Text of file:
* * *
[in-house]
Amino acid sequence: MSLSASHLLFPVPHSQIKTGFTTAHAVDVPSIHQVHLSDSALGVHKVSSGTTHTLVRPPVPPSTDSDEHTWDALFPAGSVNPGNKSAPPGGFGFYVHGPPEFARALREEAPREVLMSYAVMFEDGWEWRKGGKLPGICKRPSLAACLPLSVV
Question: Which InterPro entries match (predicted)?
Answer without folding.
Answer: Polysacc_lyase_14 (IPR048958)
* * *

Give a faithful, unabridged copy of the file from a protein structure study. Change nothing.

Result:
[in-house]
Amino acid sequence: MSLSASHLLFPVPHSQIKTGFTTAHAVDVPSIHQVHLSDSALGVHKVSSGTTHTLVRPPVPPSTDSDEHTWDALFPAGSVNPGNKSAPPGGFGFYVHGPPEFARALREEAPREVLMSYAVMFEDGWEWRKGGKLPGICKRPSLAACLPLSVV
Question: Which InterPro entries match (predicted)?
Answer without folding.
Answer: Polysacc_lyase_14 (IPR048958)